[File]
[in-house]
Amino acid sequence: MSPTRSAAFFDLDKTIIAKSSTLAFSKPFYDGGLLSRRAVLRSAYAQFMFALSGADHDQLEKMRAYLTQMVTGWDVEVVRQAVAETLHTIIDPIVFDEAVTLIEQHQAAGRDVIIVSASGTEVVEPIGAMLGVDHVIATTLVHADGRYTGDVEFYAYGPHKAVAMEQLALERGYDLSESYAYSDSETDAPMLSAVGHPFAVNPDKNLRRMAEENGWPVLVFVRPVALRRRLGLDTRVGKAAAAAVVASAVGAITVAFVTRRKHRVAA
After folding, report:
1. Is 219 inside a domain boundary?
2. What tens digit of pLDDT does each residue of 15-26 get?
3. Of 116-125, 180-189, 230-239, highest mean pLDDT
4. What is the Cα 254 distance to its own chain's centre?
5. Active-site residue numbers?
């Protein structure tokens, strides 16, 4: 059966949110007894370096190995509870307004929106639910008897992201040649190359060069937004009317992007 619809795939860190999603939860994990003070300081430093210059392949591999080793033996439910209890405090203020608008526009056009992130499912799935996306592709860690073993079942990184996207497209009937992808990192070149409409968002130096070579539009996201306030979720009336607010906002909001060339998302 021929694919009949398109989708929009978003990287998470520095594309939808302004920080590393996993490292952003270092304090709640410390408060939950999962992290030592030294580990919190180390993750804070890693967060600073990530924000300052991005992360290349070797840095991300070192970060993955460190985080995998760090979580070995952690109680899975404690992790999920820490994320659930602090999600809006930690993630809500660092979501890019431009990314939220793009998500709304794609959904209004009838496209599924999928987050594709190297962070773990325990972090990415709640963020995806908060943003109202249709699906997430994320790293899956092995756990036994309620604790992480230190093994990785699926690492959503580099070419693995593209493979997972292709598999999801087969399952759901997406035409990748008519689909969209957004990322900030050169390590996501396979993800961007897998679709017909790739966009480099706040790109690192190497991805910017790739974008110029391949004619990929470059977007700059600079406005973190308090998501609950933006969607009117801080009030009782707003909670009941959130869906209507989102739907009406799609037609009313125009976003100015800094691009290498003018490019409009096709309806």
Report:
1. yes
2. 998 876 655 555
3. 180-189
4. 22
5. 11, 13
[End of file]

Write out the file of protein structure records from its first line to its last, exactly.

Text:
[in-house]
Amino acid sequence: MSPTRSAAFFDLDKTIIAKSSTLAFSKPFYDGGLLSRRAVLRSAYAQFMFALSGADHDQLEKMRAYLTQMVTGWDVEVVRQAVAETLHTIIDPIVFDEAVTLIEQHQAAGRDVIIVSASGTEVVEPIGAMLGVDHVIATTLVHADGRYTGDVEFYAYGPHKAVAMEQLALERGYDLSESYAYSDSETDAPMLSAVGHPFAVNPDKNLRRMAEENGWPVLVFVRPVALRRRLGLDTRVGKAAAAAVVASAVGAITVAFVTRRKHRVAA
After folding, report:
1. Is 219 inside a domain boundary?
2. What tens digit of pLDDT does each residue of 15-26 get?
3. Of 116-125, 180-189, 230-239, highest mean pLDDT
4. What is the Cα 254 distance to its own chain's centre?
5. Active-site residue numbers?
């Protein structure tokens, strides 16, 4: 059966949110007894370096190995509870307004929106639910008897992201040649190359060069937004009317992007 619809795939860190999603939860994990003070300081430093210059392949591999080793033996439910209890405090203020608008526009056009992130499912799935996306592709860690073993079942990184996207497209009937992808990192070149409409968002130096070579539009996201306030979720009336607010906002909001060339998302 021929694919009949398109989708929009978003990287998470520095594309939808302004920080590393996993490292952003270092304090709640410390408060939950999962992290030592030294580990919190180390993750804070890693967060600073990530924000300052991005992360290349070797840095991300070192970060993955460190985080995998760090979580070995952690109680899975404690992790999920820490994320659930602090999600809006930690993630809500660092979501890019431009990314939220793009998500709304794609959904209004009838496209599924999928987050594709190297962070773990325990972090990415709640963020995806908060943003109202249709699906997430994320790293899956092995756990036994309620604790992480230190093994990785699926690492959503580099070419693995593209493979997972292709598999999801087969399952759901997406035409990748008519689909969209957004990322900030050169390590996501396979993800961007897998679709017909790739966009480099706040790109690192190497991805910017790739974008110029391949004619990929470059977007700059600079406005973190308090998501609950933006969607009117801080009030009782707003909670009941959130869906209507989102739907009406799609037609009313125009976003100015800094691009290498003018490019409009096709309806």
Report:
1. yes
2. 998 876 655 555
3. 180-189
4. 22
5. 11, 13